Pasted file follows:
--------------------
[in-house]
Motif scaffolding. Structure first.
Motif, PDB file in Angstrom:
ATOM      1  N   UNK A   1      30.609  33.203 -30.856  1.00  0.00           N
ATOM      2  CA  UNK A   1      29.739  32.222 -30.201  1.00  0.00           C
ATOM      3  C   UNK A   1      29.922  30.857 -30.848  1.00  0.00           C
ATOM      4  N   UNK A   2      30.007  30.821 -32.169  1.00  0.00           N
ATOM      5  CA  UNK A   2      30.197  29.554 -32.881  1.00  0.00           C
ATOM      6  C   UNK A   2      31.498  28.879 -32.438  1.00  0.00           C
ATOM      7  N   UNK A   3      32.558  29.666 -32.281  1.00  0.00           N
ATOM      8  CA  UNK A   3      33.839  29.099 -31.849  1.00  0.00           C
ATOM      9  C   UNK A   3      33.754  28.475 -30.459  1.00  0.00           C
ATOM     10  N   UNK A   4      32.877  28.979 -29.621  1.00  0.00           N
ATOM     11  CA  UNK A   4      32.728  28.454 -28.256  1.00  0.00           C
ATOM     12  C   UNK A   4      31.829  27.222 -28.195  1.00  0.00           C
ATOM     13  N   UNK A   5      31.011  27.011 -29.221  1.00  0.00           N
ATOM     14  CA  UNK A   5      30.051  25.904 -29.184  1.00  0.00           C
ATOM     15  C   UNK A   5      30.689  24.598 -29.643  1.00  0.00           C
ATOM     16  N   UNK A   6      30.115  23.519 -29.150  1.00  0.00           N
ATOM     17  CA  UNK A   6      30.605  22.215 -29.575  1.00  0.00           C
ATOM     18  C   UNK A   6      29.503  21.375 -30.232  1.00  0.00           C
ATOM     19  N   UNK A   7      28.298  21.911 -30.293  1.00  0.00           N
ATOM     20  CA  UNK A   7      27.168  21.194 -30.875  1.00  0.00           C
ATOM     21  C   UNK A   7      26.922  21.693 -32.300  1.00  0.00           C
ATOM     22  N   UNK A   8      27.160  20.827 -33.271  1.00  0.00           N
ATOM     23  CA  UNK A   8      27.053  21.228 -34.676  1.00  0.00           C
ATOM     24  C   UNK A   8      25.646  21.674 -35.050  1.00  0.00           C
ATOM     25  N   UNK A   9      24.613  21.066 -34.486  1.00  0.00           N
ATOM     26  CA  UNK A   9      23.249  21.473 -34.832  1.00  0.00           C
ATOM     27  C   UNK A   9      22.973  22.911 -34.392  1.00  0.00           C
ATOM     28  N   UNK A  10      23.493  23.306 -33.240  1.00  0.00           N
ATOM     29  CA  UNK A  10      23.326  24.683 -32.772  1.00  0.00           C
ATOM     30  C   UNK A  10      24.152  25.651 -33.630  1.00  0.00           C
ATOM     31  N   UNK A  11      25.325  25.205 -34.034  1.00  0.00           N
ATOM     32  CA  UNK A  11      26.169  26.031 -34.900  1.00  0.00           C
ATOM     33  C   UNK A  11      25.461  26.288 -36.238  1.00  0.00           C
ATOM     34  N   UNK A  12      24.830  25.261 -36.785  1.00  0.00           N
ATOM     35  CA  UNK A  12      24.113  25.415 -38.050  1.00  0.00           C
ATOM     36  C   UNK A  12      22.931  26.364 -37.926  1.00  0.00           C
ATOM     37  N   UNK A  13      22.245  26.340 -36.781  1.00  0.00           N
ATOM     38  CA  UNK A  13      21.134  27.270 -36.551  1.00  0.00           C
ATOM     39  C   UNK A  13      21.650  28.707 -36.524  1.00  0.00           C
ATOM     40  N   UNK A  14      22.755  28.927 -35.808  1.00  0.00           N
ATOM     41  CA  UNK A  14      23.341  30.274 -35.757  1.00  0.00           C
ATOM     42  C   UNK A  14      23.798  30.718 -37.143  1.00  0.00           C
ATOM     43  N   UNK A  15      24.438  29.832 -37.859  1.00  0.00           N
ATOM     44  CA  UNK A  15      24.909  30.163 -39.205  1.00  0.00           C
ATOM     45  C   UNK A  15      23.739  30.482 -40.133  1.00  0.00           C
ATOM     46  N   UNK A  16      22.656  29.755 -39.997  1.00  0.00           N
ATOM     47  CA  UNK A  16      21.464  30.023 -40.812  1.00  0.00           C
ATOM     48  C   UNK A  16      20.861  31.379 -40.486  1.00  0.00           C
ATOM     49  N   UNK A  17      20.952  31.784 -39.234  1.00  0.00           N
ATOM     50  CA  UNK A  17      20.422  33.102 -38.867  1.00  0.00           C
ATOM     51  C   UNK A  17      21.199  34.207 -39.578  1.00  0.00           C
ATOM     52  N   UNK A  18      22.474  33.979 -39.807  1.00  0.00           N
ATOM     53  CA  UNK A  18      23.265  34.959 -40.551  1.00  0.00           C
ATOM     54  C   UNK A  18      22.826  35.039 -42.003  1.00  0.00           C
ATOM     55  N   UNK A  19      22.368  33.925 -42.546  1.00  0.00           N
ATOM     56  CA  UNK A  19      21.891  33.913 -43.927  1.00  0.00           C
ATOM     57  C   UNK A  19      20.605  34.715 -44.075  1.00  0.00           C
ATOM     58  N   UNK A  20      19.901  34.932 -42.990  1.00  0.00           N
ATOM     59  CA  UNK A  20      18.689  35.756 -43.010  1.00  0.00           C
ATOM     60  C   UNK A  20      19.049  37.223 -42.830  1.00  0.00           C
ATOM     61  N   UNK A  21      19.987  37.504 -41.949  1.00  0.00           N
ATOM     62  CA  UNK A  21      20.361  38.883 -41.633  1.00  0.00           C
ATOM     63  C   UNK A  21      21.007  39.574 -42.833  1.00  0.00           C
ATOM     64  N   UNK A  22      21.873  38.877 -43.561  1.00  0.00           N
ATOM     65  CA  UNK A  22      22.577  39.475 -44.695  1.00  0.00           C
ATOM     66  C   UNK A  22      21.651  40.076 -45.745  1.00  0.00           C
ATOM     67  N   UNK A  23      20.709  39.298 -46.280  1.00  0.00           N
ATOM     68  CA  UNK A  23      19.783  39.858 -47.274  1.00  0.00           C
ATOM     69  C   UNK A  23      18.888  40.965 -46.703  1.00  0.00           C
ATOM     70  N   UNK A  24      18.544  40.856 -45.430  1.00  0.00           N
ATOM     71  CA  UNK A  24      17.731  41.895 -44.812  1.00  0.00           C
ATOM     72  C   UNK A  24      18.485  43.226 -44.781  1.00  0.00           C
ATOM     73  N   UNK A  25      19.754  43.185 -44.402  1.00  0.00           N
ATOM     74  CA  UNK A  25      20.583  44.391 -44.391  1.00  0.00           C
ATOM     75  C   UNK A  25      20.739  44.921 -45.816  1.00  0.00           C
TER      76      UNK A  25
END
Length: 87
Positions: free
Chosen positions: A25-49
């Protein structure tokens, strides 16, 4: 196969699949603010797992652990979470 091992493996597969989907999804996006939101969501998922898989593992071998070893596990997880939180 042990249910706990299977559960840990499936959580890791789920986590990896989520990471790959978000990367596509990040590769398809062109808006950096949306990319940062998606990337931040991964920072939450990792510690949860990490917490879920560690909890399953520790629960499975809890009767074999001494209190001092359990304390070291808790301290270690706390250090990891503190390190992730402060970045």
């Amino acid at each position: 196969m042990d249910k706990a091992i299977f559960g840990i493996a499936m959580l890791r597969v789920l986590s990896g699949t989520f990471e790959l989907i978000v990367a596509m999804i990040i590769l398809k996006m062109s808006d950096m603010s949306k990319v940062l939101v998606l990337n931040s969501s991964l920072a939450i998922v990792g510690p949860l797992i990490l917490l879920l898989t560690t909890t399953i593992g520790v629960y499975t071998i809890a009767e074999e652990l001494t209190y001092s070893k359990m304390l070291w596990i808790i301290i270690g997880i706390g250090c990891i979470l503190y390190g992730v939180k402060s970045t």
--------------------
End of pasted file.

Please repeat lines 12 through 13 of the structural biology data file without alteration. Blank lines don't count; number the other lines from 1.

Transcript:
ATOM      9  C   UNK A   3      33.754  28.475 -30.459  1.00  0.00           C
ATOM     10  N   UNK A   4      32.877  28.979 -29.621  1.00  0.00           N